Examining the transition process of students entering a master's program in student affairs
Sperling, Lisa Eve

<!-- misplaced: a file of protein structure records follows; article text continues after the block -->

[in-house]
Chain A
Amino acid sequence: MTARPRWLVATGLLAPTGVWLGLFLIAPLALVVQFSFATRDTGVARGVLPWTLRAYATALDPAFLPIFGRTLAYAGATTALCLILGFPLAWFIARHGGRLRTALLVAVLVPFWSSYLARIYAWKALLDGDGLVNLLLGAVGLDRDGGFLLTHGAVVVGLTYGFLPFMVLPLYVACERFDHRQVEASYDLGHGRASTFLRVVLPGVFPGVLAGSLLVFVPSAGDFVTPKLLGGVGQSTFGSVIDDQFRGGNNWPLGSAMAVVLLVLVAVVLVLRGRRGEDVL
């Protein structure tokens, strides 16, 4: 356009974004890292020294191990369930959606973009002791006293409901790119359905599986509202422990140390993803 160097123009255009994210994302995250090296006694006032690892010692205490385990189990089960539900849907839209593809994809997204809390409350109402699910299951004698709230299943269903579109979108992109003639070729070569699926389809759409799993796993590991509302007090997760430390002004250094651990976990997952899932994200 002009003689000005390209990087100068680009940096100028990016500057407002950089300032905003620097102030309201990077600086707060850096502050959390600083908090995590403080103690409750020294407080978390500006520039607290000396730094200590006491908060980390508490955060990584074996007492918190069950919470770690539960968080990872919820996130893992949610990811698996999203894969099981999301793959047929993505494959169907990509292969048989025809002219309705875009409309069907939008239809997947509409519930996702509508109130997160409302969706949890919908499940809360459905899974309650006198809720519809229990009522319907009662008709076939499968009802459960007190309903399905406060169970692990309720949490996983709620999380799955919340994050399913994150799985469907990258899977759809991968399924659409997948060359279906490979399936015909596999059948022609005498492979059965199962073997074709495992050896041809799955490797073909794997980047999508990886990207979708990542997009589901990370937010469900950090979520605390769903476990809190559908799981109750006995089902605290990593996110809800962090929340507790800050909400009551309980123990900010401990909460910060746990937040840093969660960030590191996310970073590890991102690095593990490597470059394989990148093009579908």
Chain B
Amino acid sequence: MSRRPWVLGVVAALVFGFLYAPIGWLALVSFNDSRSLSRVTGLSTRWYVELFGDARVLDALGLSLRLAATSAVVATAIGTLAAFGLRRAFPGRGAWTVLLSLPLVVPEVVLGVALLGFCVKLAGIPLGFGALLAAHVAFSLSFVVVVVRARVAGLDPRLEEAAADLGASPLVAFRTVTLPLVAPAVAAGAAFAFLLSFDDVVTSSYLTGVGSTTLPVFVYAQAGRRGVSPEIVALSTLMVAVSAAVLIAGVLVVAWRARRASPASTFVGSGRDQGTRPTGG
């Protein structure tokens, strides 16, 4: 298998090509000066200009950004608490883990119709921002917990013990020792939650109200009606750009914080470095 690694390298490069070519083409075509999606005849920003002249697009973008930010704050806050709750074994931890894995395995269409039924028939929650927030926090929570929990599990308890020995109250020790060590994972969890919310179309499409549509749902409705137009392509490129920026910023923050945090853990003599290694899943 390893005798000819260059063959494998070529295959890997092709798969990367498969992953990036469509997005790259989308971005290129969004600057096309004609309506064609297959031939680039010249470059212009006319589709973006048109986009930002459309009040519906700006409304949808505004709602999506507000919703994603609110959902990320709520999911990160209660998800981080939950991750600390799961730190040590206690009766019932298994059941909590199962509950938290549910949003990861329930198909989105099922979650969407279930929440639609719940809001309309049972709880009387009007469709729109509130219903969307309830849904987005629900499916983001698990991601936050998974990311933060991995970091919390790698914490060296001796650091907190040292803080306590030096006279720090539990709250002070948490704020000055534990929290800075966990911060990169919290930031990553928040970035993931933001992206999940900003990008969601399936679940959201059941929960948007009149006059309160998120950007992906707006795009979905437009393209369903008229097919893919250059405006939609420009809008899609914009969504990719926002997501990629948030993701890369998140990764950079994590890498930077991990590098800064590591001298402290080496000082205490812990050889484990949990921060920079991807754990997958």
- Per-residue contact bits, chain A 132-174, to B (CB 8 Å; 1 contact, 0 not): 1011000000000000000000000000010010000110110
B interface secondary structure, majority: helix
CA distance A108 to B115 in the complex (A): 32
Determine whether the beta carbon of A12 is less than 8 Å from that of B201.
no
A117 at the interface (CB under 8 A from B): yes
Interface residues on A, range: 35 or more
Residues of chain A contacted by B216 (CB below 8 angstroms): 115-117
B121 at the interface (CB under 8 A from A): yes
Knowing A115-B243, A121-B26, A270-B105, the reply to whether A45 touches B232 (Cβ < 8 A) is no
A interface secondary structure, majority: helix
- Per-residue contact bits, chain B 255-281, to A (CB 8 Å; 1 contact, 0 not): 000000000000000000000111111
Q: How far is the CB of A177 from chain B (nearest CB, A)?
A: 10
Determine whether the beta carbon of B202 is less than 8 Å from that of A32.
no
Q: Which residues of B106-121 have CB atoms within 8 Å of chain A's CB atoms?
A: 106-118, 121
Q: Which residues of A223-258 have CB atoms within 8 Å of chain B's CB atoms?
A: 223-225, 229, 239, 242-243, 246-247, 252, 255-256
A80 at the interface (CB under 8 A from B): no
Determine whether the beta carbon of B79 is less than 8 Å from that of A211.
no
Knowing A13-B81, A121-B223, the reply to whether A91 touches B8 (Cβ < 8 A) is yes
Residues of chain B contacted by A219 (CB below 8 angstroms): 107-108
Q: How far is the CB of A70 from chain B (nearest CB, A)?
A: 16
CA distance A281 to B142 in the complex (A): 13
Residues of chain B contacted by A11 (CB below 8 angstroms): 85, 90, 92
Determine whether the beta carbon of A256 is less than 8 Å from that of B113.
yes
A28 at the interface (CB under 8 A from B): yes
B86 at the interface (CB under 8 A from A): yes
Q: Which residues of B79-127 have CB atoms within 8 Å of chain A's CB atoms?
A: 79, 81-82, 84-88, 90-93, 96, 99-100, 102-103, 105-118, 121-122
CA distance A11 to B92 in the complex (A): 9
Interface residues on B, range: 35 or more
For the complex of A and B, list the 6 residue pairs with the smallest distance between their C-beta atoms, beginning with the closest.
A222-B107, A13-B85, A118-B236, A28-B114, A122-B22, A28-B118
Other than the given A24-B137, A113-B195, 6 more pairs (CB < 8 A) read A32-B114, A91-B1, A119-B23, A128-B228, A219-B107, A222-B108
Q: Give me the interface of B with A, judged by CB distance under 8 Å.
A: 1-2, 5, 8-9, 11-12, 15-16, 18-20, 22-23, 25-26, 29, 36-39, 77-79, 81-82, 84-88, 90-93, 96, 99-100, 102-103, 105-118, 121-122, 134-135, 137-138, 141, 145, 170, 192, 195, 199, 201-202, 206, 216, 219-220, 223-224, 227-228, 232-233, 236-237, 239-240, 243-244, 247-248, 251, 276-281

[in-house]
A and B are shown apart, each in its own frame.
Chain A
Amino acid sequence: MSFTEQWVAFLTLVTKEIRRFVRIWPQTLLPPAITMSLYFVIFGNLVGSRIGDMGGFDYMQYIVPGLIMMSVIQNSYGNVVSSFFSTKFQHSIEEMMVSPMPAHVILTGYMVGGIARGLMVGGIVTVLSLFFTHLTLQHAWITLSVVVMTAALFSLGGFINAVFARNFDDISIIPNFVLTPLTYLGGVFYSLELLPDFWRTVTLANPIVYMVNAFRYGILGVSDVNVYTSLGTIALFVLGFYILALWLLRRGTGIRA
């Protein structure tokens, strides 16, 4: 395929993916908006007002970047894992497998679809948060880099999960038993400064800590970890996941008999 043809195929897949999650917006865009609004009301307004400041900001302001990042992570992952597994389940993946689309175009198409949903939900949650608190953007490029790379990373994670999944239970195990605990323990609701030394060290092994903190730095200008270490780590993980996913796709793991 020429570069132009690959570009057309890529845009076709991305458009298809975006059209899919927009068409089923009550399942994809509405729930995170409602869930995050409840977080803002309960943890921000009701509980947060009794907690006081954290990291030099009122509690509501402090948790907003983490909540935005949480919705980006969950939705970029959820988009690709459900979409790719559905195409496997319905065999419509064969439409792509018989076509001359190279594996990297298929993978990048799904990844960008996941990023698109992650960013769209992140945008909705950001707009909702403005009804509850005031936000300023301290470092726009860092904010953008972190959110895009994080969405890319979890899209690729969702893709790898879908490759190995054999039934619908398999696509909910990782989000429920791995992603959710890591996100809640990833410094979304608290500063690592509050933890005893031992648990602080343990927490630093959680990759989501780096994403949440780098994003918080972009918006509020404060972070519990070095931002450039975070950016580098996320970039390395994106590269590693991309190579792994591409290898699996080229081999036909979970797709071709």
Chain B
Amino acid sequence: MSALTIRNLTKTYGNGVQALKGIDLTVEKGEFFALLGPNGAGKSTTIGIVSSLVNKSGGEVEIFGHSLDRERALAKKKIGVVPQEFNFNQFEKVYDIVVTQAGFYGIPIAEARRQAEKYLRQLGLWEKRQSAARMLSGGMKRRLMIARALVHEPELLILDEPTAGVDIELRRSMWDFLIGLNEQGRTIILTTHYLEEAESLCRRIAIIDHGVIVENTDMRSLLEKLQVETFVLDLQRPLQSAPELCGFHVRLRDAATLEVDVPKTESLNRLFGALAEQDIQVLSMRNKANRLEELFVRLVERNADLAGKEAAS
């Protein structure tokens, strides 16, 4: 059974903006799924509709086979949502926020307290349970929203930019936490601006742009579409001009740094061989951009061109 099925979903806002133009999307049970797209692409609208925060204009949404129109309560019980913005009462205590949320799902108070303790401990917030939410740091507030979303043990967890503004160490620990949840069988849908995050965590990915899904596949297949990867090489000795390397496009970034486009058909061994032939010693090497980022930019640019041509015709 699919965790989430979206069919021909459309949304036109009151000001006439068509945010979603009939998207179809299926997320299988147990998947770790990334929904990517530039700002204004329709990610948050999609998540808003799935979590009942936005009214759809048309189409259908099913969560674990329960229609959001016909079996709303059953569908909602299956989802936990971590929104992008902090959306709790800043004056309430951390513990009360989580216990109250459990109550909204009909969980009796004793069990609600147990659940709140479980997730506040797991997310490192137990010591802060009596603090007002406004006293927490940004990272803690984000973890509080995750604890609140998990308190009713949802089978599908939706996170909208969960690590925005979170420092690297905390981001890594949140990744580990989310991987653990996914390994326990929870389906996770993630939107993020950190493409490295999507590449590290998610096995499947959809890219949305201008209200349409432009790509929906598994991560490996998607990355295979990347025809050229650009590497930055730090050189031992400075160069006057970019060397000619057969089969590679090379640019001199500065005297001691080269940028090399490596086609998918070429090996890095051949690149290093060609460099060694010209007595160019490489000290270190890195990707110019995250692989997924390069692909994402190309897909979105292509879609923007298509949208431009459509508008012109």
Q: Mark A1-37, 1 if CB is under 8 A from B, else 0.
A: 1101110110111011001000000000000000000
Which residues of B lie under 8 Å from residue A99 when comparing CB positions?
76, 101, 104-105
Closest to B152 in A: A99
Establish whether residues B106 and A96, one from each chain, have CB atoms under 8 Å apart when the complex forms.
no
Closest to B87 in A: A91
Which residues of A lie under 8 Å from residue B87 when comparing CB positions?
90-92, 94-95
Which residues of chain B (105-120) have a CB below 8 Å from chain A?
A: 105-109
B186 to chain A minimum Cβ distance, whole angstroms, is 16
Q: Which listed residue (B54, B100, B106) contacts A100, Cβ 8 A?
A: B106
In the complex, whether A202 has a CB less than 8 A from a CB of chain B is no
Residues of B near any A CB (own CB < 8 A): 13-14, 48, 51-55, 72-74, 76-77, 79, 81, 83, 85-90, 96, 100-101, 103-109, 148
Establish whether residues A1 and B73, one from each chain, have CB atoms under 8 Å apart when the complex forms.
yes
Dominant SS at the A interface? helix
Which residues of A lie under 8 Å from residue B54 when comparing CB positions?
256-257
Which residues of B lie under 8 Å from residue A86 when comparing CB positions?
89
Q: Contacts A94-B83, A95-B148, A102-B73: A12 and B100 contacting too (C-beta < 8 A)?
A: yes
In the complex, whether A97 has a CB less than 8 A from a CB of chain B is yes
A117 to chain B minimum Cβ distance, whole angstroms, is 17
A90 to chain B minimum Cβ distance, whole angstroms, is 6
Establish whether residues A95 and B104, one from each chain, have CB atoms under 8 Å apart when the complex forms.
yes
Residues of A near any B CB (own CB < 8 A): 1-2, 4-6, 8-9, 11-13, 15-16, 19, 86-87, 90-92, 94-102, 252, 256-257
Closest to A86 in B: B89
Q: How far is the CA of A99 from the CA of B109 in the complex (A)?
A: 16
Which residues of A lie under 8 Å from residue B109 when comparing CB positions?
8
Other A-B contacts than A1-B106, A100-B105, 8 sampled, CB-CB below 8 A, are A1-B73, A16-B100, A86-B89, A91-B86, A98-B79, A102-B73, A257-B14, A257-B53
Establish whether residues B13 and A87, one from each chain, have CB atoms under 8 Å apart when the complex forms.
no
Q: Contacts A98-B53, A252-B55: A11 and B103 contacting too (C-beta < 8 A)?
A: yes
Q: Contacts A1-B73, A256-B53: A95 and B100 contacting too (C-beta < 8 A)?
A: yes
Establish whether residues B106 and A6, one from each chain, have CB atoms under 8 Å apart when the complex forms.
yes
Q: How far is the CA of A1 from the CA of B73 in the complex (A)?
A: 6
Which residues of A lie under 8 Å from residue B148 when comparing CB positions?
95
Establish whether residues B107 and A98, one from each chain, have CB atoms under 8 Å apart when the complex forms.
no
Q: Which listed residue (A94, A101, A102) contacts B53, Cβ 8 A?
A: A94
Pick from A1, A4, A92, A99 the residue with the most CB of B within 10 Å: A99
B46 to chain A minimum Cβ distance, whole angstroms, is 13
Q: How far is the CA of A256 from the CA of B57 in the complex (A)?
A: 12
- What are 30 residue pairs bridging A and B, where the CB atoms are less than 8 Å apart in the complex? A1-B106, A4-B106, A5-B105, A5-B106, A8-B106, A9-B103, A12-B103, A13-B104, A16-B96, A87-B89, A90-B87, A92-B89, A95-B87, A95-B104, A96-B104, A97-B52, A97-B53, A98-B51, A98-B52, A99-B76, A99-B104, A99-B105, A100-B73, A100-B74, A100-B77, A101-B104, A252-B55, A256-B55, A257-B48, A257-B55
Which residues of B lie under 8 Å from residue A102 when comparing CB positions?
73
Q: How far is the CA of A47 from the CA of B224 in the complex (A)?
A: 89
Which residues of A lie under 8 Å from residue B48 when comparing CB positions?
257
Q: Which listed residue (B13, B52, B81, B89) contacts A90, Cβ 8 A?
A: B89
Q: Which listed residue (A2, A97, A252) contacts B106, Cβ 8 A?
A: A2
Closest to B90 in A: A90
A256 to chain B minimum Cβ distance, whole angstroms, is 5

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Transitions can be destabilizing and difficult. By understanding how graduate students ages 22 - 26 perceive the process of transitioning into student affairs master’s-level preparatory programs, professional and personal developmental interventions, programs, and services can be better designed to assist them. The present phenomenological study explored the perceptions of students entering two student affairs M.Ed. programs as they oriented toward graduate study and how they made meaning of their experiences in their own words. Goodman, Schlossberg, and Anderson’s (2006) three-phase model of adult transition served as the theoretical framework. Students were recruited from two student affairs programs housed at public institutions located in the same state in the Southeast. Data were collected from eight participants through reflective essays and interviews at three intervals from August 2011 to January 2012. Data were analyzed according to Giorgi’s (2009) descriptive phenomenological method in which meaning units are identified, clustered, and analyzed to uncover the essential constituent elements of the phenomenon. Findings from the study include that students were too preoccupied with relocation and acclimation issues, as well as starting coursework and learning the requirements of their program, during the first several weeks of the semester, to think about the larger picture and professional development. If the purpose of a master’s education is to receive focused professional education in one’s chosen career path, then the most efficient way to assist them on their path to professional development is to concentrate efforts on alleviating the stressors of the first several weeks. Second, this study calls into question the notion of similar past transitions being indicative of future ones as these eight students found that the main strategies they had employed in their transition to college were no longer feasible. Third, the data revealed that making connections with others was crucial and that the connections themselves often mattered more than with whom students connected. Finally, there is a discussion on what it means to “move out” of a transition and how this may look different for underrepresented populations.